Is that an example of success?

EDIT: I mean of all the frames on the roll is that one typical or the better of them all?

Last edited by tuco; 03-26-2019 at 05:03 PM.
03-27-2019, 04:33 AM - 1 Like   #10
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QuoteOriginally posted by tuco Quote
Is that an example of success?

EDIT: I mean of all the frames on the roll is that one typical or the better of them all?
That was one of the better ones. Here's the contact sheet. You can see some unevenness that's obvious in the sky. There's also some problem areas at the bottom of some frames. Either could be the due to the age of the film or user error on my part. This was the 2nd roll I developed with stainless steel reels and tank. I'm still getting used to loading those reels.

04-04-2019, 06:13 PM   #11
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2016 should be fine. As mentioned you may notice minor shifts on the slide films.

Do you know what the storage conditions were? That will tell you a lot about what to expect.
04-04-2019, 07:56 PM   #12
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QuoteOriginally posted by PGillin Quote
storage conditions
Less than ideal... in a ziplock bag inside a plastic storage bin down in the basement. Forgot I even had it.
I shot a quick roll of the Portra 400, it was ugly. Overexposed and no detail.
I was using a K1000 on an overcast day. And it sounds like the shutter is slow.
Could be a user error though.
04-05-2019, 07:26 AM   #13
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QuoteOriginally posted by brightseal Quote
Less than ideal... in a ziplock bag inside a plastic storage bin down in the basement. Forgot I even had it.
I shot a quick roll of the Portra 400, it was ugly. Overexposed and no detail.
I was using a K1000 on an overcast day. And it sounds like the shutter is slow.
Could be a user error though.

If anything out of date film should be less sensitive and coming out underexposed.

Maybe try another roll on a camera with a known-good meter & shutter.
Is your basement climate controlled? Generally cool? A swamp in the summer?


All these things matter. I found some neopan that had been sitting in a desk at my parents house for +/- 7 years and developed it without too much trouble a while back. That desk happens to be in the coolest room in the house (my old room) and out of direct sun. Fresh film would've been better, but it wasn't too bad. Of course, B&W is more forgiving.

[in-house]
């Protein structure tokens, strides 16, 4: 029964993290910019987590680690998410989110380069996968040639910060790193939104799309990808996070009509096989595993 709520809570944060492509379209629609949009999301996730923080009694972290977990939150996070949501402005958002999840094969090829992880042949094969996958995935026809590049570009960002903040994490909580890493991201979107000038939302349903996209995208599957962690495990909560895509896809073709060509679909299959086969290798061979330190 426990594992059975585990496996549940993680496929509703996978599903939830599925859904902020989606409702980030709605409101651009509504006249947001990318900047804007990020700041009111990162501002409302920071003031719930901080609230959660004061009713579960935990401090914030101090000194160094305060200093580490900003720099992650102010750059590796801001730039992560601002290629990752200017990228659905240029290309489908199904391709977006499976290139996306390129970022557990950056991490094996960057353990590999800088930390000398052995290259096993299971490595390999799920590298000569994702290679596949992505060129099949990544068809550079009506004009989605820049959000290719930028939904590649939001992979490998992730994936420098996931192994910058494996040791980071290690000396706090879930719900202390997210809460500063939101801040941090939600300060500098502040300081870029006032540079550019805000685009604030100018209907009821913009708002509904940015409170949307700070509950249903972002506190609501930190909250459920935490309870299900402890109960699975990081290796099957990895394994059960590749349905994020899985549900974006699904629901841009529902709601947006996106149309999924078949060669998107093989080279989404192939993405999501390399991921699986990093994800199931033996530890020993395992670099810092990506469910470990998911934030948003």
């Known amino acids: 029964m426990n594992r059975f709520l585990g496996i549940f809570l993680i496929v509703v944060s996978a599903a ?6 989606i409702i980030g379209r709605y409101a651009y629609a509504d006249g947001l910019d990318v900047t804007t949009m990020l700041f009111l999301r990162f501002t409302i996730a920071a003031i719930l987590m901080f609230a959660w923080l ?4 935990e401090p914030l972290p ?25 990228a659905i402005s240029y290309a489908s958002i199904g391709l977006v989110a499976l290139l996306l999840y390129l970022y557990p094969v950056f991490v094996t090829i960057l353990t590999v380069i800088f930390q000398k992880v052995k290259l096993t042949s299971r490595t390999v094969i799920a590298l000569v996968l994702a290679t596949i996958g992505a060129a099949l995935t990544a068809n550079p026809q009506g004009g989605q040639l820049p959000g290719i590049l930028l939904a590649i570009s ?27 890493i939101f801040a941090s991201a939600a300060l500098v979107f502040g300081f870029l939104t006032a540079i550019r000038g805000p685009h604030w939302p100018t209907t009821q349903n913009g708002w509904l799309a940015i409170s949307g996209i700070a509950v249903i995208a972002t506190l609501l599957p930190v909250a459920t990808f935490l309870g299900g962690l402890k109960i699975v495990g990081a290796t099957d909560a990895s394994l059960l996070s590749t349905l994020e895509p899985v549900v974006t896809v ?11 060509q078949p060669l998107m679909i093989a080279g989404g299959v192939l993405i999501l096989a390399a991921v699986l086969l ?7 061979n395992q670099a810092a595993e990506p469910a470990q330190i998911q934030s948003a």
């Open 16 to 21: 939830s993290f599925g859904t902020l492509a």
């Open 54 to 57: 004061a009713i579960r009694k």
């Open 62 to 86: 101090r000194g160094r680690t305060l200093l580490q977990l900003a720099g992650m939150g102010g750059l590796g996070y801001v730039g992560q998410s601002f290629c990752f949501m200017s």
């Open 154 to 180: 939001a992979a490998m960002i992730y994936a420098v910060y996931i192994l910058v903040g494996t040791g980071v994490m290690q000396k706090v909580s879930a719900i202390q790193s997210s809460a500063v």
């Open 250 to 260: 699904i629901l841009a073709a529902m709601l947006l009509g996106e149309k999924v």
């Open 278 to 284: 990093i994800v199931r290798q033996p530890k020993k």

If you're developing yourself or using a pro lab you could do a clip test on the next roll. This is a sizeable stash of film so it would be nice to see it salvageable, even if only for side-projects and social use.
04-07-2019, 03:10 PM   #14
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QuoteOriginally posted by brightseal Quote
Less than ideal... in a ziplock bag inside a plastic storage bin down in the basement. Forgot I even had it.
I shot a quick roll of the Portra 400, it was ugly. Overexposed and no detail.
I was using a K1000 on an overcast day. And it sounds like the shutter is slow.
Could be a user error though.
If you can overexpose Kodak Portra 400 and not get details then there is something grossly malfunctioning given it's seemingly unending latitude . . .




Regarding very expired film, I have a couple of examples.

This first is color negative Kodak Ektar 125 expired 4/1992 that I shot and developed 9/2010. It was stored in an open driveway in Atlanta, GA for all those years - you might say it was less then ideal . . .




The other was Kodak Royal Gold 25 expired 1/2000 that was shot and processed 4/2018. This was given to me by a generous forum member in the thread Give away: Seven rolls of Kodak Gold Royal 25 ISO






04-08-2019, 03:11 AM   #15
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QuoteOriginally posted by brightseal Quote
Less than ideal... in a ziplock bag inside a plastic storage bin down in the basement. Forgot I even had it.
I shot a quick roll of the Portra 400, it was ugly. Overexposed and no detail.
I was using a K1000 on an overcast day. And it sounds like the shutter is slow.
Could be a user error though.
I think a sticky shutter is the culprit there.